Gasser GmbH v MISAT Srl1 (which decided that a court of a Member State on which exclusive jurisdiction had been conferred pursuant to article 23 cannot issue an injunction to restrain a party from prosecuting proceedings before a court of another Member State if that court was first seised of the dispute) and Turner v Grovit2 (which decided that a court of a Member State may not issue an injunction to restrain a party from commencing or prosecuting proceedings in another Member State which has jurisdiction under the Regulation, on the ground that those proceedings have been commenced in bad faith) are both based upon the proposition that the Regulation provides a complete set of uniform rules for the allocation of jurisdiction between Member States and that the courts of each Member State have to trust the courts of other Member States to apply those rules correctly.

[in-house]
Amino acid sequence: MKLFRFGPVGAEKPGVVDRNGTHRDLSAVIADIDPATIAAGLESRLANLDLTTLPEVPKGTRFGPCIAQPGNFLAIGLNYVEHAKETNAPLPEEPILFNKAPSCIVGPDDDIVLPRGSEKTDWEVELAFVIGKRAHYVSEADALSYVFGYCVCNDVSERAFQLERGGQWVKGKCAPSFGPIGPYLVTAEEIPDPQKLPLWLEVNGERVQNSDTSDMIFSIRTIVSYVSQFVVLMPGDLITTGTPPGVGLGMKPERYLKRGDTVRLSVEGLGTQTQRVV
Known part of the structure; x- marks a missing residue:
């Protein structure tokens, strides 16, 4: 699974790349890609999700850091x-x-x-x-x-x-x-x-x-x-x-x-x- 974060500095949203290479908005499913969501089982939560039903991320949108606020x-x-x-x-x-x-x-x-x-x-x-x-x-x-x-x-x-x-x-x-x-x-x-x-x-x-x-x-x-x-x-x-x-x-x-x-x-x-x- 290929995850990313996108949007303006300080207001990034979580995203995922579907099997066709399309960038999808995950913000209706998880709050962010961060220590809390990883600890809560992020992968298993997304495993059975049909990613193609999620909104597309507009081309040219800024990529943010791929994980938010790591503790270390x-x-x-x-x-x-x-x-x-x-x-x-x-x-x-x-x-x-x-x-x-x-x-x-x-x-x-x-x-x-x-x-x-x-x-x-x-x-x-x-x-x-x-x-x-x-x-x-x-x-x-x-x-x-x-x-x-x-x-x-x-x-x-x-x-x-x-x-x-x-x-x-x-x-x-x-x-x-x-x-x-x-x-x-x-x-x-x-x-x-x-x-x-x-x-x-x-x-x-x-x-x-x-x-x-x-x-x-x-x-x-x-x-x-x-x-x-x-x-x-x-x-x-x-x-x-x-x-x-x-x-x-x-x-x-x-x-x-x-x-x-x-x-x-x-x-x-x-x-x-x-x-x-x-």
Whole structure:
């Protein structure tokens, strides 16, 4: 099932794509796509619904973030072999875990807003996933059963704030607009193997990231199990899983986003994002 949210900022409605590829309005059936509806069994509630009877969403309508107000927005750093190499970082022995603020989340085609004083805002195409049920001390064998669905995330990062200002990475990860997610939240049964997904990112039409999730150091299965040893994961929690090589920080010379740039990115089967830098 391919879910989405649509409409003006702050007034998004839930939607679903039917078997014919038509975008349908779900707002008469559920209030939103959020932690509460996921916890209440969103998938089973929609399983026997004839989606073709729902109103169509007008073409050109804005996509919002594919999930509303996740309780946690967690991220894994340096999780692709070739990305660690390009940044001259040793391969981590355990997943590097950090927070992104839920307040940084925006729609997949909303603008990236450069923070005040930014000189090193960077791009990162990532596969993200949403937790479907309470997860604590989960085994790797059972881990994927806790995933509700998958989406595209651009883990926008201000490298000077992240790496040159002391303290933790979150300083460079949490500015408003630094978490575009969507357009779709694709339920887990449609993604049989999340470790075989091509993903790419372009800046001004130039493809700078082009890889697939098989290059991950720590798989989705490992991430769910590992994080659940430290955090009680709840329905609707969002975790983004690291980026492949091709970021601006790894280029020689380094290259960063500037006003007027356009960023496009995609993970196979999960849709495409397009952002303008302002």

Arbitration, however, is wholly excluded from the scope of the Regulation. The Regulation gives priority to the defendant’s domicile and that approach is unsuited to arbitration in which the parties will normally have chosen the seat and governing law on grounds of neutrality, availability of legal services and the unobtrusive effectiveness of the supervising jurisdiction.
It is settled law that the arbitration exclusion from the Regulation also applies to court proceedings in which the subject-matter is arbitration. Where, as in this case, proceedings are brought to protect the contractual right to have a dispute dealt with by arbitration, they fall outside the scope of the Regulation and cannot be challenged for being inconsistent with its provisions. To extend the application of the Regulation to orders made in proceedings in which it does not apply, such as arbitration or arbitration-related proceedings, goes beyond the reasoning in Gasser v MISAT and Turner v Grovit.